William Hay 344

John Higgins 351

(Owen) Edward Hogan 400

Henry Hollingsworth 405

Johnson Kaulback 417

James Kent 426

John Layton 432

Henry Leck 441

Volume II

John Lindsay 462

Joseph Miller 473

Henry Gloud Morris 478

James Muir 483

James Murchy 485

James Murphy 489

Edward McCabe 495

Thomas McCallum 500

James McCurdy 504

Alexander McCurdy 512

Sarah McCurdy 519

Matthew Archibald McCurdy 520

James MacDonald 523

Alexander MacDougall 531

John McFetridge 533

George McLeod 560

Peter Ogilvie 566

John Ogilvie 578

Samuel Pearson 583

James Reid 584

Robert Rhodes 645

William Scott 647

Rev. Robert Sedgewick 654

Alexander Shaw 662

Henry Sibley 673

Rev. John Sprott 693

James Sprott 698

Captain George Taylor 701

James White 716

John White 722

A Musquodoboit Miscellany 730

Agriculture in The

Musquodoboit Valley 731

The Musquodoboit Creamery 744

Cemeteries, Pioneer and

Hillside 747

Church Buildings 754

History of Presbyterianism

in Musquodoboit Valley 765

The Anglican Church 792

The Congregational Church 797

The Methodist Church 806

Early Settlers in Meagher's

Grant A. B. Lay, 1922 814

(updated to 1980)

Early Settlers in

Musquodoboit 817

Early Land Grants in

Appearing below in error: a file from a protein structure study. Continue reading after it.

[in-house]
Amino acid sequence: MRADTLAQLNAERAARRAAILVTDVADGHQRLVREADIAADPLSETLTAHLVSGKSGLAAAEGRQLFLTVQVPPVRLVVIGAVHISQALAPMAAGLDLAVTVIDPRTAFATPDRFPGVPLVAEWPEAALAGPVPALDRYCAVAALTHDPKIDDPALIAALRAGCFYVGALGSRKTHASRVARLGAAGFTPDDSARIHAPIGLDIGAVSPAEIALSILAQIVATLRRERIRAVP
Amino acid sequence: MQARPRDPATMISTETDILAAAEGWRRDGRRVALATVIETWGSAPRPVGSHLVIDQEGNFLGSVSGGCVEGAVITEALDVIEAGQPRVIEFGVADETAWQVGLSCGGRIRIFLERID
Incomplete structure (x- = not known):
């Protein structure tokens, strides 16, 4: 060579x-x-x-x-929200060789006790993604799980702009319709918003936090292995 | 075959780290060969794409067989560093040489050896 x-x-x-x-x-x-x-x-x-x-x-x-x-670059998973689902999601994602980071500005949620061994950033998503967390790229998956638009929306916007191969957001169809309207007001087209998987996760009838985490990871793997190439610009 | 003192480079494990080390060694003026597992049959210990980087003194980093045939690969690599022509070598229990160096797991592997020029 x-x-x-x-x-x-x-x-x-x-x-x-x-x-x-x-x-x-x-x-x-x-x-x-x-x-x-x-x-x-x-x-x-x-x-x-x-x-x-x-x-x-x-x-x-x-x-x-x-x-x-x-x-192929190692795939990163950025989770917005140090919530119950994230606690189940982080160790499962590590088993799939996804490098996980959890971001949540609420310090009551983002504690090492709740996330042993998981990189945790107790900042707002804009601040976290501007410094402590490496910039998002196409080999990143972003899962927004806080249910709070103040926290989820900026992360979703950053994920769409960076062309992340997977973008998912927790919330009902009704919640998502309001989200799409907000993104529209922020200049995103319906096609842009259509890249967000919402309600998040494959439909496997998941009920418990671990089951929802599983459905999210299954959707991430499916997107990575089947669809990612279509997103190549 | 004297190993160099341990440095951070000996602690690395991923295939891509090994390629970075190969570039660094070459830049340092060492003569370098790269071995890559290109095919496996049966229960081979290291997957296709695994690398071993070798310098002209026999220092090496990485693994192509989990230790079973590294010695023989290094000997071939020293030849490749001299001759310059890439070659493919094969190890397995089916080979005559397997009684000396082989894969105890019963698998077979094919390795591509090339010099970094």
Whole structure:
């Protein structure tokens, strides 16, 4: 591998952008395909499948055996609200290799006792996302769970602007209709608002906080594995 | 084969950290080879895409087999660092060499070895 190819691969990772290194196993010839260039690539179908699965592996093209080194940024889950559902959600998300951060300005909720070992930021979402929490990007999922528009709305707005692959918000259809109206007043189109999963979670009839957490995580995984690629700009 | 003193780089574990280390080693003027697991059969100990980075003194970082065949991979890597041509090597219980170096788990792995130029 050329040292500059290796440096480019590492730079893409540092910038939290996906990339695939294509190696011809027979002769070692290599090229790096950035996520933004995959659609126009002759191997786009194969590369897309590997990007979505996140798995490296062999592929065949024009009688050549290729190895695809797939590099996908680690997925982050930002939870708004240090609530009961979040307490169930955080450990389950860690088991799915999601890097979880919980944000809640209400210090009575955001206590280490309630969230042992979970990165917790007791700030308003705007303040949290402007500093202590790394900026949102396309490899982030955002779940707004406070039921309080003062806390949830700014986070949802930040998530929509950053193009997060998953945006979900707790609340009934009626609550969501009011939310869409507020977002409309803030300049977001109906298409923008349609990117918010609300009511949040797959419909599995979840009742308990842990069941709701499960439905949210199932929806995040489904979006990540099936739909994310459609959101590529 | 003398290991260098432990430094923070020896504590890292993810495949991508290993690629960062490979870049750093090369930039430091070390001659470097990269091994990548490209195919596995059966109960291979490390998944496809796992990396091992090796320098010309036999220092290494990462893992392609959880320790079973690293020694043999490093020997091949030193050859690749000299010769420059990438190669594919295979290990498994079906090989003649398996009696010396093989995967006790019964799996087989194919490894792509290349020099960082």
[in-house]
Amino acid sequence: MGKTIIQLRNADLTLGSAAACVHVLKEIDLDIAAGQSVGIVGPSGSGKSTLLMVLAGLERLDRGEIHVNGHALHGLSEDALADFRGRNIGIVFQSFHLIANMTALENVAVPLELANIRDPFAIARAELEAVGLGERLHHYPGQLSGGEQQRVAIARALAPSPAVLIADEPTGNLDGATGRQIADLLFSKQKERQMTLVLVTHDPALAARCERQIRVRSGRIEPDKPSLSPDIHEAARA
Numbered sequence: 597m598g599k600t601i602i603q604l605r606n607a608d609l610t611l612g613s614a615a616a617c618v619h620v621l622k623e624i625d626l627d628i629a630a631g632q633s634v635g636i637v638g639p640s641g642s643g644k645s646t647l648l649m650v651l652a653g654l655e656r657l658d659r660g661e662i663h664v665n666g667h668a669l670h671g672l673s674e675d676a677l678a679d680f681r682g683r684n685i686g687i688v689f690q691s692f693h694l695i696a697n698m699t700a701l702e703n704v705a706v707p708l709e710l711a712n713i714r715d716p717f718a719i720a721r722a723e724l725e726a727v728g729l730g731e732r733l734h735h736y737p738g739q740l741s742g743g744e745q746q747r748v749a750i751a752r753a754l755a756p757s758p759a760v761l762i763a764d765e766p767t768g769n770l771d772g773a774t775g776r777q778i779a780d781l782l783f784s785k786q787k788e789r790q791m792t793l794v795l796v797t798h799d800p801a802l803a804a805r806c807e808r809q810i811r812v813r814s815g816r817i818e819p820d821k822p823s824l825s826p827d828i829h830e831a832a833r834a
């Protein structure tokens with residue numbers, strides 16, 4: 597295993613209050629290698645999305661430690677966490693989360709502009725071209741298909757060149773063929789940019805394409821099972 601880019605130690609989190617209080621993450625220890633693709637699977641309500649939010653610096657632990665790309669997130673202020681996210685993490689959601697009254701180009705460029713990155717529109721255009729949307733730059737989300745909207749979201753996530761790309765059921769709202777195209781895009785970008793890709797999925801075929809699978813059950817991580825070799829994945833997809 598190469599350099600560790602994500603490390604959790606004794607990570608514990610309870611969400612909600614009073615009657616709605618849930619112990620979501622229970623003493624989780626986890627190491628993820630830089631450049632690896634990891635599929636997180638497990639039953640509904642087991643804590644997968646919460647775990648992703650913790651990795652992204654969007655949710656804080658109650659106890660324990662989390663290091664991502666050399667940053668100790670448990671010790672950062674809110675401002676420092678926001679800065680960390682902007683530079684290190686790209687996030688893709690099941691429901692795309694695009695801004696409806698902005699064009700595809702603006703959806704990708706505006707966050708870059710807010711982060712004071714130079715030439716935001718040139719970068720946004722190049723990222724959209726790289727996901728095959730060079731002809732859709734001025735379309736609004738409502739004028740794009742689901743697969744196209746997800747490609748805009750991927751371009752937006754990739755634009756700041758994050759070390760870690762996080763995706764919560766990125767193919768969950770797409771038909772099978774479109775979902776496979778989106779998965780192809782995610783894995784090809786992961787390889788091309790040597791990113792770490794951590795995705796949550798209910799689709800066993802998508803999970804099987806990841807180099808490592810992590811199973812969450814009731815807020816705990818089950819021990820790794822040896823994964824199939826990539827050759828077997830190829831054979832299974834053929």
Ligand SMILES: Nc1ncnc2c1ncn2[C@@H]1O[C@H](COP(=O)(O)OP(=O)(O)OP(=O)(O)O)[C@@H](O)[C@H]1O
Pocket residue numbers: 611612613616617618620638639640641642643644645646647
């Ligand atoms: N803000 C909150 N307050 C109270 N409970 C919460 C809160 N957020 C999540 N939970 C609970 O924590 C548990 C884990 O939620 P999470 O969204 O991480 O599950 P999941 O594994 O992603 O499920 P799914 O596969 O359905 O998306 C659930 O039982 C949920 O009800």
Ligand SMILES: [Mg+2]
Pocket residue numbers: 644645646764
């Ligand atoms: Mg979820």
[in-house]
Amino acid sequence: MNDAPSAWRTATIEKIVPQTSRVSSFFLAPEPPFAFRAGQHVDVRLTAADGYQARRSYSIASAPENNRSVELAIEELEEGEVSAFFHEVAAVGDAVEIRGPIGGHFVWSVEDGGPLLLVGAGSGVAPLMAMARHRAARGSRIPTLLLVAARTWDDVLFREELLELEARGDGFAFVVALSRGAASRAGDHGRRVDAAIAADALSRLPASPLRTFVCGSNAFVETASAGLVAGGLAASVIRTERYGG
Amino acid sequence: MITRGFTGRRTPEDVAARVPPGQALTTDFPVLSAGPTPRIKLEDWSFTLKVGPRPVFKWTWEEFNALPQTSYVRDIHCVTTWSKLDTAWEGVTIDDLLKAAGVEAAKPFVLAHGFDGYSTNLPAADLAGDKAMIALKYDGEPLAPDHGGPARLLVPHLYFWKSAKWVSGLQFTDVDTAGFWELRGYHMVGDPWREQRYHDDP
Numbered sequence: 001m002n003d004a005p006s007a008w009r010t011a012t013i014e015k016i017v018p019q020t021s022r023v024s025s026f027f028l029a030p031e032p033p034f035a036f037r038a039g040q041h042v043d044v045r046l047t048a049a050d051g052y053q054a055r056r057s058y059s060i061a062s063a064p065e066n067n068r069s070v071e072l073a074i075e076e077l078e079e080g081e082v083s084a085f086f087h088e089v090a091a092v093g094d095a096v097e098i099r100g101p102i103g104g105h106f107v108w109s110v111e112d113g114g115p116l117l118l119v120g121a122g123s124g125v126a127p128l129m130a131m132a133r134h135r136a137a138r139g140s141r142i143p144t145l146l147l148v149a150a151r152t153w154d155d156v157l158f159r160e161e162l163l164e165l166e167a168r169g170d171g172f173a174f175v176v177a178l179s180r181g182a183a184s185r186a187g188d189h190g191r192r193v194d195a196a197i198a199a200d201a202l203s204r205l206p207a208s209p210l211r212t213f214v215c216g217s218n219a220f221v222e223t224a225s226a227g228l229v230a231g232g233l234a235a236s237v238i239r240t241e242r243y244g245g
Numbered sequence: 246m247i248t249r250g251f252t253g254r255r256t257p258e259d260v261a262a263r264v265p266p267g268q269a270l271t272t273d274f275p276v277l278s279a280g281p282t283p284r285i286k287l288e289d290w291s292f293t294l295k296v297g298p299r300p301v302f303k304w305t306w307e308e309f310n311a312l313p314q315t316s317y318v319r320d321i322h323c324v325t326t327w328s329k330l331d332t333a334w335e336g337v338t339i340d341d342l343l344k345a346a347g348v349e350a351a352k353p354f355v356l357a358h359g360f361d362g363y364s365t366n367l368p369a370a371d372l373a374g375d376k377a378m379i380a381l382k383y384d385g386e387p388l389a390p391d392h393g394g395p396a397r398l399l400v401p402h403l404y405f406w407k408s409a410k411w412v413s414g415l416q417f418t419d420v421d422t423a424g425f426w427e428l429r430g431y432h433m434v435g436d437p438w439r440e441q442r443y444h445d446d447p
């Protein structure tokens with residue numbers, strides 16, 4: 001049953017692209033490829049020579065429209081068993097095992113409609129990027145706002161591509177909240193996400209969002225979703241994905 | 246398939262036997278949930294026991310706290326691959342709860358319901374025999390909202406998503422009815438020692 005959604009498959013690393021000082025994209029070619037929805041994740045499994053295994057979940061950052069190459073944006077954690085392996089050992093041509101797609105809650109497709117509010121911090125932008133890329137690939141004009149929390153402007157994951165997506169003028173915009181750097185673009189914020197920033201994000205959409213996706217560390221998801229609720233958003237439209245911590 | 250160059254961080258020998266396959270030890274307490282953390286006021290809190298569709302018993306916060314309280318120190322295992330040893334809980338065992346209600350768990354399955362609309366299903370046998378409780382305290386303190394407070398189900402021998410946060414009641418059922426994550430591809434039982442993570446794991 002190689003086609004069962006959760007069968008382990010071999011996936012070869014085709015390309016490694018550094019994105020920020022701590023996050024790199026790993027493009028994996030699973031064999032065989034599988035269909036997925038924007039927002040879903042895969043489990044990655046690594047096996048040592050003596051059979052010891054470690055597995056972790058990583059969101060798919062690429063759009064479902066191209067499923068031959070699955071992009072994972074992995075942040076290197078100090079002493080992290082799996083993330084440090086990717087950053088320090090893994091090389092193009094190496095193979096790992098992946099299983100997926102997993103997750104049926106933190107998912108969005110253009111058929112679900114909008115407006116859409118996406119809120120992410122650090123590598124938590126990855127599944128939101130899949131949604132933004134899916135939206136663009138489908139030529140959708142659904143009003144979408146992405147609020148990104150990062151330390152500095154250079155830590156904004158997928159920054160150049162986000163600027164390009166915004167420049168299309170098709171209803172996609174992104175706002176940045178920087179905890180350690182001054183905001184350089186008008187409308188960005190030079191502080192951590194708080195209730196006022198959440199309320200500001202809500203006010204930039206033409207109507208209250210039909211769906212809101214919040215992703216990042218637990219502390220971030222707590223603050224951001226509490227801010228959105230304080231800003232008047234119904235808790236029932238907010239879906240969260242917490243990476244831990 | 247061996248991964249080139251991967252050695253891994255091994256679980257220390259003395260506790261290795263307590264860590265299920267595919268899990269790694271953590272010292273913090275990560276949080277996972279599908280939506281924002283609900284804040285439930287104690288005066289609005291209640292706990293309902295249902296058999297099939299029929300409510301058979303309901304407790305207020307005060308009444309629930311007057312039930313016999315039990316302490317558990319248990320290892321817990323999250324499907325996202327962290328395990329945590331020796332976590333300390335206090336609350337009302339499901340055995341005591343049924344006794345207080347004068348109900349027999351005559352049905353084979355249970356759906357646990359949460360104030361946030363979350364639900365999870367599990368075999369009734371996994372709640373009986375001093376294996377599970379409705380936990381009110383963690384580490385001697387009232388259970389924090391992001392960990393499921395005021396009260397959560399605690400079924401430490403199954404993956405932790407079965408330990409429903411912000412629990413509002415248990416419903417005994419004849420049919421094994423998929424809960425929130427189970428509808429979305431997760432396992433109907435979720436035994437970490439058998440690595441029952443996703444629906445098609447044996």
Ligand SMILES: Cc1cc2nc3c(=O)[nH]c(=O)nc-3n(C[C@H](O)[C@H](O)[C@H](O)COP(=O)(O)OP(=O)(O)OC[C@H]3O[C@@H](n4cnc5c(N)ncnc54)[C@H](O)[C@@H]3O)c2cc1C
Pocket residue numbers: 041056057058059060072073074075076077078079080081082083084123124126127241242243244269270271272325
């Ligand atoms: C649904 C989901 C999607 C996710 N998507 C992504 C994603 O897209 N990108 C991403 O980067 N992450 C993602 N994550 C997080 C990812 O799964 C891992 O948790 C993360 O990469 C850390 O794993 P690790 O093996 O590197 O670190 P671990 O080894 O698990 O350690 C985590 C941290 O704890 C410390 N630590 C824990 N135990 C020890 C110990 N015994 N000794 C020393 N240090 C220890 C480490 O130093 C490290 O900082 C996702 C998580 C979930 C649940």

Musquodoboit 824

The Medical Profession in

the Musquodoboit Valley

(doctors, midwives, 830

hospital, clinic)

Musquodoboit Railway 839

Temperance Divisions in the

Musquodoboit Valley 841

Women's Organizations 847

Bibliography 852



History is like a continued story of which the beginning is

lost in unrecorded time and many chapters are missing when we try

to read it. This seems to apply particularly to local village

histories where so many things which are considered of no

importance at the moment they occur, assume a large significance

as time goes by. The whole story can never be told. Professor

Garnet Sedgewick, one of the more illustrious sons of this

valley, said once that he would like to write all he knew of

Musquodoboit and them take the train out next morning!

Consequently, he just gave a little slice; a teasing taste as it

were, and these volumes about seventy Pioneer families will

endeavour to do the same.

Daniel Reid, my father-in-law started it all. He was born

here in 1860, lived in the district all his life, and for many

years owned and operated a General Store in Middle Musquodoboit.

Keenly interested in everything that went on in the small world

of the valley, Mr. Reid's position as storekeeper enabled him to